Thursday, March 19, 2009

Hloupy...or BLBY?

EDIT: Now with pictures!

Friday was probably the most fun day I've had here. We went to a little village two hours north of Prague, where glass-blowing is quite the viable industry. I felt like I was back visiting Dad at Wilson Mftg. when we walked in...lots of men in goggles, working with strange tools with huge ovens in the background. Except that most of these men were drinking on the job and I'm pretty sure that doesn't fly in America.

We watched them for a time, and then, because we have one of the smallest USAC groups ever, we all got to BLOW OUR OWN GLASS which was so fun. I blew the fattest bird ever and some kind of pot/vase/ashtray lumpy thing. I don't think I've missed my glass-blowing calling, that's for sure. Then we basically toured the whole factory and found out where the shot glasses and ugly vase in our apartment came from.

On our way from the glass-blowing to Melnik, in the wine-producing region, we stopped at a tiny place for lunch, where we found out that they can "spit pig and bird in advance". I love when things get lost in translation.

We traveled on to sample 5 different wines from Melnik. Incidentally, Melnik is one of the most northern places in Europe that actually produces quality wine. At the end, I got a free bottle of wine by chance from Jan, so that was exciting. More exciting than seeing the big metal vats where the wine is stored, which we also did.

So the next logical place to go after offering 20 students 5 half-glasses of wine is clearly to the top of the highest church tower I've been in yet, with ridiculously narrow stairs and amazing views. We saw the convergence of the Vltava and Elbe rivers, which is more interesting than it sounds. Then I went back to the ground and petted some precious dogs (including the fattest little sausage of a Daschund that I've ever seen) for awhile while waiting for the rest of the group. At some point along the way I attempted to convince Petr that Oklahoma is far superior to Texas, prompting a spontaneous "Oklahoma rules" shout-out over the intercom on the bus. 10 points for me.

We also toured some underground mine/well thing, which was notable mostly for the fact that we all wore bright yellow hard hats and accidentally/on purpose got clay all over our hands. It was just fun from start to finish, with Jan and Petr and Pani Novotny, who is the most precious gentleman in the entire world besides my own grandpa, and who kept offering us more wine and trying to insist to us all that we know Czech.

Saturday morning Emily and I went to Cesky Krumlov. This is something I cannot fully describe without the pictures I took, so here, for your enjoyment, is Cesky Krumlov in all it's quaint, adorable glory.
This is the castle that grew from the ground.

Emily in front of the town. That castle tower in the background looks like a sandcastle and a wedding cake in turn. I will have a wedding cake shaped like that tower.

We climbed a hill to watch the sunset.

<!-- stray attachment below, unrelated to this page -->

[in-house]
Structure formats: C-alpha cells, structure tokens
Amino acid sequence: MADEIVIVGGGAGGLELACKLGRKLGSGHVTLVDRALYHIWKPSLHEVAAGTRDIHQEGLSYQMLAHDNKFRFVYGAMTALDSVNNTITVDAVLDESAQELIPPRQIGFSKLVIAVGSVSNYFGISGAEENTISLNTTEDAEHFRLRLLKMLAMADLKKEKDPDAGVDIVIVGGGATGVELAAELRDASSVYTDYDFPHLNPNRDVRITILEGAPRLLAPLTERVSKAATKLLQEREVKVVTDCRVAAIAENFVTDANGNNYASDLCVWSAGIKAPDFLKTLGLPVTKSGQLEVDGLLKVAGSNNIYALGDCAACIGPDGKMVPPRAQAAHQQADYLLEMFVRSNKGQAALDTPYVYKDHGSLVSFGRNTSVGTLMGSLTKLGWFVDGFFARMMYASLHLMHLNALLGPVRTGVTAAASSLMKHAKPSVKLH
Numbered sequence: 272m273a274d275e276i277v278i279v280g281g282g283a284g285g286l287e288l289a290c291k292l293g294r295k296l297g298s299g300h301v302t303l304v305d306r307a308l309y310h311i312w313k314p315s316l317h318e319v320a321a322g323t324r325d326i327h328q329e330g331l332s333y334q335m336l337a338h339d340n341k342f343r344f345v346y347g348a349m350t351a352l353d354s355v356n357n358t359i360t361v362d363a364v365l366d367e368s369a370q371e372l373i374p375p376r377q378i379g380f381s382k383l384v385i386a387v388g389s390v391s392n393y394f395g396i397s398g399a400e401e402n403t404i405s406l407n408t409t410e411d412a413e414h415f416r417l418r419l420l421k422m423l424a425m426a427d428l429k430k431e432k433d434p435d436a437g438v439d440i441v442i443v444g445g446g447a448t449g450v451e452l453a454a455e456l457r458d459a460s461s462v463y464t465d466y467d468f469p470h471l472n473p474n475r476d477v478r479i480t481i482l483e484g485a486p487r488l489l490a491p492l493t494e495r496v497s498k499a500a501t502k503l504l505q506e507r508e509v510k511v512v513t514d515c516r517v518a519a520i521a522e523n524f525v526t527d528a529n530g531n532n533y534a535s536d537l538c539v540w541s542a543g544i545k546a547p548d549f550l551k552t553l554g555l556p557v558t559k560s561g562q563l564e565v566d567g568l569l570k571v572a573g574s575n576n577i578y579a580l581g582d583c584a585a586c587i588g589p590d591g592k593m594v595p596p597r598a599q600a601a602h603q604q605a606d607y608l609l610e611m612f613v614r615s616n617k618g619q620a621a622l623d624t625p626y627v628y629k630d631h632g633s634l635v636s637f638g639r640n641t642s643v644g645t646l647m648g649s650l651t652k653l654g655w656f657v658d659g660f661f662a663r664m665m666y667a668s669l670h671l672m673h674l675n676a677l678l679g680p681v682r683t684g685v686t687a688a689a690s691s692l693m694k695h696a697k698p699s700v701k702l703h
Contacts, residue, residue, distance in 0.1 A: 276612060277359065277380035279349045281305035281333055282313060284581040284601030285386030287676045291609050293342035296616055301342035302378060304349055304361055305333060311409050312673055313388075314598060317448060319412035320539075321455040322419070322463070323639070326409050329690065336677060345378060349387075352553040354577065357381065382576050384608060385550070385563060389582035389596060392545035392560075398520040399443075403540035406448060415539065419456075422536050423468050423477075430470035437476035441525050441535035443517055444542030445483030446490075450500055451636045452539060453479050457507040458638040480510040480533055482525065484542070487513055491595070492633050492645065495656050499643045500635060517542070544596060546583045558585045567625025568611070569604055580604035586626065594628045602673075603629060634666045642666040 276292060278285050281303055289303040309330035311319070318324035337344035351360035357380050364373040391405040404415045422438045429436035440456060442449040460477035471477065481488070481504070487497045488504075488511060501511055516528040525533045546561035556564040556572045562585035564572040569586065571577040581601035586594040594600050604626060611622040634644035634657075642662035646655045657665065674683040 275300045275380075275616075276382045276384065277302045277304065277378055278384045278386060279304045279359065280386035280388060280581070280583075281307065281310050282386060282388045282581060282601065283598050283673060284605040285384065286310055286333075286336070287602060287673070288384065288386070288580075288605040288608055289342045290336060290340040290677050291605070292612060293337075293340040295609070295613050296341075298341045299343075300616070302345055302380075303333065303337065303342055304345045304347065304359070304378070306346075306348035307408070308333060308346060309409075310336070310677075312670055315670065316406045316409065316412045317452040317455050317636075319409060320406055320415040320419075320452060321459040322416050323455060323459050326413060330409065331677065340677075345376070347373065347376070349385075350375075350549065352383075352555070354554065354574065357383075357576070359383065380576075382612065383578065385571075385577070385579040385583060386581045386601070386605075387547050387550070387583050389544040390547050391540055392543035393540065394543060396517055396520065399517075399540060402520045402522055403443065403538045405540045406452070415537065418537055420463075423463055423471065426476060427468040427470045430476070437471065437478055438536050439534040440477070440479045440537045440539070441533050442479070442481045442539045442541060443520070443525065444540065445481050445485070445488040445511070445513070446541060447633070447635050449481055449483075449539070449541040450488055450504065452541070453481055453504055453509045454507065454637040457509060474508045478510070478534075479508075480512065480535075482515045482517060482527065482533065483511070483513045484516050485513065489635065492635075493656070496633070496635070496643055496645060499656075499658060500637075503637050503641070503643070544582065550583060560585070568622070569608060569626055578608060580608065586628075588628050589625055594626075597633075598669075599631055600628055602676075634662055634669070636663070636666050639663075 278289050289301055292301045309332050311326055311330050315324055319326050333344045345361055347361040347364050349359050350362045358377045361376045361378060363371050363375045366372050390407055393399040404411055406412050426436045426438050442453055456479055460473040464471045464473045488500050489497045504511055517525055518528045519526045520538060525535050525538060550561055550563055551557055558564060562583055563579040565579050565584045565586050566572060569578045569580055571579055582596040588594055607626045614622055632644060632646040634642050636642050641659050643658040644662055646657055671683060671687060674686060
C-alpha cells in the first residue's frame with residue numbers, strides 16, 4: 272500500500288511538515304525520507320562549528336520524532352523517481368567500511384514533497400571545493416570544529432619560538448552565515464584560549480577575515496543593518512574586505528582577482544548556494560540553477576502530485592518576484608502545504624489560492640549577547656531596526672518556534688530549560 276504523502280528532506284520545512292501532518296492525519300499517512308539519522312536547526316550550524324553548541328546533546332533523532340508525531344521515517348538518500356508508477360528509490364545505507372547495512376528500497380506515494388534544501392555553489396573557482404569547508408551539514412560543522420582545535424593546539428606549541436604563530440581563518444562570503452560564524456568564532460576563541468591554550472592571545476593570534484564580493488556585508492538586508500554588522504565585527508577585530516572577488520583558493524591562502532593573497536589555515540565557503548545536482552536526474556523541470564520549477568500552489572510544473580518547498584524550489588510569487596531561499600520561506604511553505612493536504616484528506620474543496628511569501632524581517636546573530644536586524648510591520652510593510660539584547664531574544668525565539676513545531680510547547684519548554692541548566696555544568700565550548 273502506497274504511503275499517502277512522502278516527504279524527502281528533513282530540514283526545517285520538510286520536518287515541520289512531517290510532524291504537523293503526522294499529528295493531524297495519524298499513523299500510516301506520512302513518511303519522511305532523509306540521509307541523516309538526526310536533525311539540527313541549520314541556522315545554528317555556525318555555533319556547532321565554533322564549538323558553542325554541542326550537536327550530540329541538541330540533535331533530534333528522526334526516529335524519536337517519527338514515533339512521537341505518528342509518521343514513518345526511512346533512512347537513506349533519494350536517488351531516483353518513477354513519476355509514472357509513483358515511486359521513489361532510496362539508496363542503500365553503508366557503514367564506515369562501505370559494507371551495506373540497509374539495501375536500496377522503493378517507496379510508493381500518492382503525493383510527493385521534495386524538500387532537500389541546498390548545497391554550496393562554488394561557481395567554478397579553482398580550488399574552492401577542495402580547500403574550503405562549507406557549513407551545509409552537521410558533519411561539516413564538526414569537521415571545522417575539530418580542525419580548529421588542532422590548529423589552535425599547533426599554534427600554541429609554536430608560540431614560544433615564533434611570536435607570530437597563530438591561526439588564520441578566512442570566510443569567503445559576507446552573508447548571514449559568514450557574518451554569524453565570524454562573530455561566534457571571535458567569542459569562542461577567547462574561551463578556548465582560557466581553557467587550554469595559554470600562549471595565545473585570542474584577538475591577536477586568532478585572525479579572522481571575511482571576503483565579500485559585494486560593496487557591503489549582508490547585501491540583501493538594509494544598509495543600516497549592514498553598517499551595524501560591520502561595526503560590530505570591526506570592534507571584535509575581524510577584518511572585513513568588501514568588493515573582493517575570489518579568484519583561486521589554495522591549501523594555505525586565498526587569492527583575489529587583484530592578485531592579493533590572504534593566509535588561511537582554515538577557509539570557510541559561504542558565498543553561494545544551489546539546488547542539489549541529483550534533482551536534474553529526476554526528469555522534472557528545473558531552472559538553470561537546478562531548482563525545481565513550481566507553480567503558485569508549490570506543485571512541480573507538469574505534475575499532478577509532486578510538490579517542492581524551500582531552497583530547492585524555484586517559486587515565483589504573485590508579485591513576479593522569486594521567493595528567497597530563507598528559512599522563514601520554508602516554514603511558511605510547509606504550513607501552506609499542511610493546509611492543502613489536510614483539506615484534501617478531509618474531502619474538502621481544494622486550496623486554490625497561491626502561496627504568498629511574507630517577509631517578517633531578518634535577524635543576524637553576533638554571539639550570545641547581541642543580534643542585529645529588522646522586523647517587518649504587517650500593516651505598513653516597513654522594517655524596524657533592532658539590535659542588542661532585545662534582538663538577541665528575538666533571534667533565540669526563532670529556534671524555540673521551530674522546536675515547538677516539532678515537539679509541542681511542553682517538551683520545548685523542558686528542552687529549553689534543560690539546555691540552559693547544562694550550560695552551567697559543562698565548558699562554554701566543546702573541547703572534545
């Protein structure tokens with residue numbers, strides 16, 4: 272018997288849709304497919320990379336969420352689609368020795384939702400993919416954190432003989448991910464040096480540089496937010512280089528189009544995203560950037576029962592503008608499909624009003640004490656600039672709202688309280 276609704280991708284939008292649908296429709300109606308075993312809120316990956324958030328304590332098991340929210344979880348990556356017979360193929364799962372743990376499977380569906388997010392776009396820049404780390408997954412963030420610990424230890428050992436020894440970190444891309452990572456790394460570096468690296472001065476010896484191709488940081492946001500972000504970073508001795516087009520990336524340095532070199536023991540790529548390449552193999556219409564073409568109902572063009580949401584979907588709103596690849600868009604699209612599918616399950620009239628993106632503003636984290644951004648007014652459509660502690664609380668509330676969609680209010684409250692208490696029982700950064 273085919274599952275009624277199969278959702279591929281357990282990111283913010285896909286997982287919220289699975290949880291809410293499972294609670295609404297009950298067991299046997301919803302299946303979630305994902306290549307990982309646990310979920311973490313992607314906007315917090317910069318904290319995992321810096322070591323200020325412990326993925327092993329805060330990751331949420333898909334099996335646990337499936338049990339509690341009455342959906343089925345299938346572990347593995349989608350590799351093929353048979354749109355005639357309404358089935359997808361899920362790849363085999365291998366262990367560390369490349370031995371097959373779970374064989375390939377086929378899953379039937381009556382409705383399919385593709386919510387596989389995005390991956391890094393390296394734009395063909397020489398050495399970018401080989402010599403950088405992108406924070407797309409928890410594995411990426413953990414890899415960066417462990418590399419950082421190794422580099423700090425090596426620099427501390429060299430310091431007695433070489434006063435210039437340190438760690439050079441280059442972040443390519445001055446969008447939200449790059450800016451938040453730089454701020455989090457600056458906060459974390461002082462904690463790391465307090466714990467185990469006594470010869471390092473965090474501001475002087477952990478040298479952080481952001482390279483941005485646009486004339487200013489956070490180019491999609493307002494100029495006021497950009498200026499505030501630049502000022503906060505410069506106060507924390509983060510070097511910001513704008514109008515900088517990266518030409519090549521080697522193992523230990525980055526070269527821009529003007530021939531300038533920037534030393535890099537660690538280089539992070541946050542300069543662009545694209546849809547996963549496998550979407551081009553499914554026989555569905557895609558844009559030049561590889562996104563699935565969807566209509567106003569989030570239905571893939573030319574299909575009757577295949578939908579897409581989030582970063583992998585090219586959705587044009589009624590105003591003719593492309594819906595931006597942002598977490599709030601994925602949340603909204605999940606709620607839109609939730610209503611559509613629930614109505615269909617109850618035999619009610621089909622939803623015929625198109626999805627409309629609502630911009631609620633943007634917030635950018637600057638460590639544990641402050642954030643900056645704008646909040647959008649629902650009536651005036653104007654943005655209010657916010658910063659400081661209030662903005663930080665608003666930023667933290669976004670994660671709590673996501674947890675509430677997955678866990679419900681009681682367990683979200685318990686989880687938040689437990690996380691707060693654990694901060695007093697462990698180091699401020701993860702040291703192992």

THIS sunset.

Suffice it to say that I'm going back this weekend because I loved it so much. (If you'd like to see more where those came from, check out facebook.)

Speaking of this weekend, I've finally decided on my spring break plans.

March 21-22 - Cesky Krumlov. Gloriousness ensues again.

Shuttle bus to Salzburg, Austria.

March 23 - couchsurfing (hopefully) with a family in Salzburg. Maybe do the Sound Of Music tour? Probably not...touristy things tend to scare me off a bit.

Train to Hallstatt, Austria (also a ferry ride!)

March 24 - Hallstatt, staying in a "Gasthaus" and touring Europe's oldest salt mine, complete with underground lake and mine chute-slide. Hiking. Gazing. Weeping for joy.

Train to Bad Gastein, Austria

March 25 - Bad Gastein, staying in a youth hostel where the price of the stay includes entrance to one of Austria's famous spas. I've never been to a spa before, it sounds terribly relaxing as long as no one tries to give me a massage (how do people find those relaxing?) Other possible activities include snowshoeing, snow jazz festival, snow torte, snow tea, and other snowy activities.

Maybe staying in Bad Gastein or going to Innsbruck by train for a night to see the Alpine Zoo, perched atop one of the Austrian Alps.

Train to Munich, Germany

March 27-28 - Munich, staying in a youth hostel. On Saturday night I intend to see Sweeney Todd in German. I'm really hoping that one works out. I'm also hoping to see many castles and go to a biergarten or three.

I think Sunday I'll jump over to Passau, Germany on my way back to Prague, since there's a 21 euro train ticket available for unlimited travel in Bavaria for one day.

And that's it. I'm pretty stoked, and even though it'll still be cold I'll be in the ALPS for part of the time, and Munich and Salzburg as well. PUMP IT UP!

Friday, March 6, 2009

Falling in (and out) of love with you...

So, as you can see from the editing of my last blog, I learned how to add PICTURES! Hooray for me :-)

So. I have been in Prague for 6 weeks and 2 days. It's actually pretty ridiculous to think that I've been here that long, and that I have almost 14 weeks to go. I'm a little over a fourth done with my semester in Europe...and I'm not sure how I feel about it. I feel the need for some lists. So here you go.